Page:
Instances such as throwing a bigger anniversary celebration for the debut of a KPop group over a yearly milestone of love with one’s significant other can really take a toll on a partner’s self-esteem. Knowing that an idol is more important to his girlfriend than he is continues to deepen Lipeik’s insecurities and uneasiness to flourish. “I just don’t get it,” he shares helplessly. “Mark din naman pangalan ko, bakit hindi ko pa rin ka-level si Mark Lee? Kailangan ba maging KPop din ako?”
(I just don’t get it. My name is Mark, too. How come I’m still not at Mark Lee’s level? Do I need to become a KPop idol too?)
If not addressed, the problem this phenomenon induces may lead to even bigger ones. One user frustratedly writes online about how he and his girlfriend were sleep-calling peacefully until she started sleep talking. “I really thought she was calling out to me in her sleep, but she said someone else’s name. Who the [expletive] is Wonwoo??? I think she’s stanning someone new,” he writes, putting two and two together. Another user writes worriedly, “I’m afraid she might leave me for her KPop boys one day.”
As many boyfriends have sought to the internet to air out their concerns, a number of responses have shown their support and validation by calling for breakups. Some say the lack of effort isn’t worth all the emotional turmoil, while others advise staying away from KPop fans altogether. “Bro, just leave her frfr, and then make sure to stay away from the KPoppers next time na lang—you deserve better, king!” username SigmaMale6969 advises.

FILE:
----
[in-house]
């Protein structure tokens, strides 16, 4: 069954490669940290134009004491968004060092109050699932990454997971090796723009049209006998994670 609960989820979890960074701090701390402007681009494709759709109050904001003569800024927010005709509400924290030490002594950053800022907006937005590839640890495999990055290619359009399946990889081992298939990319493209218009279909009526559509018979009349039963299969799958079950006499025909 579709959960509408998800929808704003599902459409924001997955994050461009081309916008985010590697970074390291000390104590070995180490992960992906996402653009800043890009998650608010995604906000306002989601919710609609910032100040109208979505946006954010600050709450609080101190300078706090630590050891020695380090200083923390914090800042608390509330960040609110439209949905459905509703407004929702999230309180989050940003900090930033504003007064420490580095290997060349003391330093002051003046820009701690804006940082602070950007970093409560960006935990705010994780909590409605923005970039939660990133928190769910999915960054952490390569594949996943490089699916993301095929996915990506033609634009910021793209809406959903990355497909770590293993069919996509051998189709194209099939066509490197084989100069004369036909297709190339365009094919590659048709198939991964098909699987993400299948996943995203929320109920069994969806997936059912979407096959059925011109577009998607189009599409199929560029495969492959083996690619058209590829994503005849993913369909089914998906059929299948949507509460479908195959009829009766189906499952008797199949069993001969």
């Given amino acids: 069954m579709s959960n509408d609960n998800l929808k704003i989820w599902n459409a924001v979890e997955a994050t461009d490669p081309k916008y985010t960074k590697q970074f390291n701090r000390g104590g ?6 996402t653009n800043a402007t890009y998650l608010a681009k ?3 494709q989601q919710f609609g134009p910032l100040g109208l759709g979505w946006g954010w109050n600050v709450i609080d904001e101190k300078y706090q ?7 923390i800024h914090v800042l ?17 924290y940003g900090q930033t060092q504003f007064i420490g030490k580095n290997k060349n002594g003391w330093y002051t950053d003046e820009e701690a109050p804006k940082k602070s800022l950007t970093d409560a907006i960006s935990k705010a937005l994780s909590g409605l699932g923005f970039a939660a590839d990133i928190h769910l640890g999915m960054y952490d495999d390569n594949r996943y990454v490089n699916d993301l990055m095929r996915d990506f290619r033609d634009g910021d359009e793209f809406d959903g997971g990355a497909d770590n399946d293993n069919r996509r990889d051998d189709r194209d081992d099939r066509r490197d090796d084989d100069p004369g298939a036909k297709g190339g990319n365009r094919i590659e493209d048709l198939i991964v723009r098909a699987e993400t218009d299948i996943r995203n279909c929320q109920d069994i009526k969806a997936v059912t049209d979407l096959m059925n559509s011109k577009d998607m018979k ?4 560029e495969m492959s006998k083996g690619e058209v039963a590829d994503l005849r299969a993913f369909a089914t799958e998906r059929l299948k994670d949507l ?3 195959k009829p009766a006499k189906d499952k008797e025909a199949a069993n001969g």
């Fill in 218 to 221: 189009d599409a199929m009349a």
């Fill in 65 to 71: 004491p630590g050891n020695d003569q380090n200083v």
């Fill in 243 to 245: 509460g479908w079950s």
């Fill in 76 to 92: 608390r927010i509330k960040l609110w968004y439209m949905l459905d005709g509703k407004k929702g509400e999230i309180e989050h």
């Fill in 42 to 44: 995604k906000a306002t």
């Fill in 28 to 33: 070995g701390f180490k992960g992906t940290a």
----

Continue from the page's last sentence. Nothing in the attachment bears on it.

First come, first served
There’s always two sides to the story, though, and it’s about time to head into the other side of the coin—or in this case, the other side of the photocard.
KPop fans are undoubtedly passionate about their idols and for a good reason—these idols have made meaningful impacts on their lives, even if the idols themselves are unaware of it. It only makes sense that, if personal interaction is not an option, the next best thing would be to express their admiration by dedicating their time, money, and effort to ensure that their idols can at least feel or see the large tide of love and support from afar.
“My idols’ music quite literally saved me,” recalls Nina Zenik (II, BS CS-ST), “which is why I always try to do the most during important days like throwing mini-parties or going out with my friends who are also fans. The idols can’t see it, yes, but this is nonetheless a way for us fans to connect to them.”